Connecting the church around their personal passions

Connecting the church around their personal passions


Where are we going?

We at Common Nonsense have been working for a while on a couple of larger projects. However the end is getting in sight for these projects and there is a question of where we can go next and what do we want to do? There are loads of avenues that could probably be met with commercial success and more clients. This is quite cool but there is a second question we need to answer before we go ahead with it. Why are we doing this? What is the point? More money? More developers? More Clients? To what end? Ultimately our goal was broadly to use technology to help the church. So the question is for us, what is our vision for the church and how could we help it get there? There are two things that come to mind. One is practically something that is exciting for the near future and so I will try and write this one up in a little more detail. I’d love to see if there are people wanting to help out with this. The other is probably something that is more interesting in the longer term and I’ll just set the stage. The first is about connecting people across websites around their passions. The second is about connecting the church to those within the persecuted church.

What it is we do now.

For those of you who don’t know me that well, at the heart of what we have been doing technically is the Party module with Drupal. Drupal is a popular content management system but it is also a framework with which people can build websites. 2.1% of the web is powered by Drupal. It provides tools to make it easy to build web pages built around realistic data structures. If I am building a website that is reviewing theatre productions, I can do more then just categorise and tag the reviews. I can add what Drupal calls “Fields” such as a Date Field that says when the play took place. Another date range Field that tells you until when you’ll be able to see the play and other kinds of fields such as the directors, actors or writers. It then provides tools to lay this data out in lists or web pages.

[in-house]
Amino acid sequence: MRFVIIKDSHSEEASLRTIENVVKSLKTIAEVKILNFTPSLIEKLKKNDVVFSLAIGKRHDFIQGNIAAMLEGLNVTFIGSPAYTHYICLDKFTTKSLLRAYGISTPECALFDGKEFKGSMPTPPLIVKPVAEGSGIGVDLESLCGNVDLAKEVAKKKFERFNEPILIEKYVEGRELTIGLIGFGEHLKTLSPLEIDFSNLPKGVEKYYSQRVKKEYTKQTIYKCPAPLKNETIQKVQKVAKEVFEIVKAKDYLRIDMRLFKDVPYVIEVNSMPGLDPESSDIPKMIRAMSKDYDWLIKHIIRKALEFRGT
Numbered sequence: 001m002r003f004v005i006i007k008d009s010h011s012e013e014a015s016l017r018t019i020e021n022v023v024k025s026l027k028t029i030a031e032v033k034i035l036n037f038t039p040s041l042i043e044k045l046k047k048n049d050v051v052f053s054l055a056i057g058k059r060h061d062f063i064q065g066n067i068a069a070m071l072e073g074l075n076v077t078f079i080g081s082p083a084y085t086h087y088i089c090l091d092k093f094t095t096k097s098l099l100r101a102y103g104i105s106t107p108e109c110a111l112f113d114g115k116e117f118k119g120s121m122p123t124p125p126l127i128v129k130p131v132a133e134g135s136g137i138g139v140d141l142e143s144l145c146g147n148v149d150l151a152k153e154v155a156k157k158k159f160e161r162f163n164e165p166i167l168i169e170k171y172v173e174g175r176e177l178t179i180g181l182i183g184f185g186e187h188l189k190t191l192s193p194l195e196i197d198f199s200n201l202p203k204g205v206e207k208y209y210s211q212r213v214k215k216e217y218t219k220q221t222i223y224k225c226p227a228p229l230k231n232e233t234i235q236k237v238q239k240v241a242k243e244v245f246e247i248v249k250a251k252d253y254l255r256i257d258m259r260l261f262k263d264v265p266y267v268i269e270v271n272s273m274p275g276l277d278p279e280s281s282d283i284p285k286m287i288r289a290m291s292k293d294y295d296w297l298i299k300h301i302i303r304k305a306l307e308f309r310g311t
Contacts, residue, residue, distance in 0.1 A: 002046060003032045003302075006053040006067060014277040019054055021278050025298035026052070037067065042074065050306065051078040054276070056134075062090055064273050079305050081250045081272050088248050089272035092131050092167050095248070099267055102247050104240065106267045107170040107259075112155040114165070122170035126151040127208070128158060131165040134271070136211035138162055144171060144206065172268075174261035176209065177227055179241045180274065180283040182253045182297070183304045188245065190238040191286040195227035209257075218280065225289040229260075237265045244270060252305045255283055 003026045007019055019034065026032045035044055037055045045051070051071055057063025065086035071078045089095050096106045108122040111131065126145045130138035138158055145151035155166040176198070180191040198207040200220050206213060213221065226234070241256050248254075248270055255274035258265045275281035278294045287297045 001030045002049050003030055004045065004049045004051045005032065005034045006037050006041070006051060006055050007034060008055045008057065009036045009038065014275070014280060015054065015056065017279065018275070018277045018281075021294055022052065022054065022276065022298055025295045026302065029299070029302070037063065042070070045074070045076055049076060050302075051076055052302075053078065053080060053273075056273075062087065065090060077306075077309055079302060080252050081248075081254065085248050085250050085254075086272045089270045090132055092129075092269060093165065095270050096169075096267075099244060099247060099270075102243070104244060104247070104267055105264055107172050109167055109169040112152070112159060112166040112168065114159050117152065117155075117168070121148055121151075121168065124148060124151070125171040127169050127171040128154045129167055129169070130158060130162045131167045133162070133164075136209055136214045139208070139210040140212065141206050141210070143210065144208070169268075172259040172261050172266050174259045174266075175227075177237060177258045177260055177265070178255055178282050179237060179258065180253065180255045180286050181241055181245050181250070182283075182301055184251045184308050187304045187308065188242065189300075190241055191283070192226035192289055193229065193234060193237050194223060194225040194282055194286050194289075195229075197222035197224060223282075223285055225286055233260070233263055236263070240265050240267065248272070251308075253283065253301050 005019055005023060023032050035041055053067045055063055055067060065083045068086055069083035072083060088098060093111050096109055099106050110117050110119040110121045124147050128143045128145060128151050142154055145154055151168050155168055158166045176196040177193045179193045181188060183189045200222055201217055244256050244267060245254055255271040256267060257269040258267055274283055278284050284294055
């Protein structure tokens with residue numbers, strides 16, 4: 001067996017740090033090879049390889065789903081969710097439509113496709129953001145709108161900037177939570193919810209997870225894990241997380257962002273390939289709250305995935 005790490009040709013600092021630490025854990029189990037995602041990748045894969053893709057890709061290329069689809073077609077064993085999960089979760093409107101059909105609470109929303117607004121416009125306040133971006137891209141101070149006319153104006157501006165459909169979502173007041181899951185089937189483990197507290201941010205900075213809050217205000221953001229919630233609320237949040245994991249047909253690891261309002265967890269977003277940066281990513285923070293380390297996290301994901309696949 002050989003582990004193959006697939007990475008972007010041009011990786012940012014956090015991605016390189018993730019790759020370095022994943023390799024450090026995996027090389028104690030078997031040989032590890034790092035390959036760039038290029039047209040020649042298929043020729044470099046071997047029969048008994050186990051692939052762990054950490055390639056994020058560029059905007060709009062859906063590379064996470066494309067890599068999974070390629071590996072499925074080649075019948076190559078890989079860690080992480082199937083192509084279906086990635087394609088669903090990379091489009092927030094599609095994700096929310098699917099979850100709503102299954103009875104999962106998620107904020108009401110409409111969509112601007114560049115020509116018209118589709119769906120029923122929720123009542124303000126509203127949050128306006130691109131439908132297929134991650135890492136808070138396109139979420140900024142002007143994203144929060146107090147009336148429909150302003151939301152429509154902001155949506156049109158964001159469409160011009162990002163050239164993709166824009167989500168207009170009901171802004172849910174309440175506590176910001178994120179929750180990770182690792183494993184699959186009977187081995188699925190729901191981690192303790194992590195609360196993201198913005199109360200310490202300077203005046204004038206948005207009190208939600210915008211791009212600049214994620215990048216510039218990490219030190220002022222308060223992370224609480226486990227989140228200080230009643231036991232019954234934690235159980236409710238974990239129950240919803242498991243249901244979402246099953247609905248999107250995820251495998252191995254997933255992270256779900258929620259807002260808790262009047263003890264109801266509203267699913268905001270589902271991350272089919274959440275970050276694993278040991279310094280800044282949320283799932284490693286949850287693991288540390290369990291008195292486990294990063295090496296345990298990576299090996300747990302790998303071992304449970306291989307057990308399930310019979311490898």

Our Party module takes Drupal and turns it into something called a “CRM” system. This is like a glorified address book that collects information about people. Usually businesses use this kind of software to keep information about their customers and then use this information to market to a subset of their customers, etc. As organisations are predominantly about their people, whether its staff, stakeholders, customers or just people know about the organisation and make the brand happen, this kind of data is incredibly important. Drupal’s tools for building web pages suddenly become incredibly useful for building databases of users. The UI for adding fields to a review can be used to instead add other information about the people in your system such as their date of birth or gender. The tools for laying out pages and making lists can be used for reports on the people you work with or making workflows for managing those people. Drupal’s tools enable us to very quickly build workflows and user interfaces that show only the information the staff need to see whilst saving them time and being a joy to use (in theory!)

Because all these tools are open source software, as we develop our toolset it is going to be incredibly easy to scale this. We can use the same tools to help many different organisations. This can include Christian church networks or event organisation companies or individual churches or other forms of Christian ministries. We’ll be able to quickly provide many of these organisations tools to manage all the data on the people they interact with and save them time and money. The more organisations that sit on our platform the stronger it can become as other developers contribute both code and interesting ideas of how to use those tools.

This stuff is ok. Its the stuff of a commercial success. Saving people time and money means they will give us money. Us having money means we can pay more developers and expand faster making more money or better websites and tools which in turn make more money. But this isn’t really cool yet. It gives our business a means to exist but not a reason.

Connecting passionate people around the things they are passionate about.

Imagine a Facebook for the church.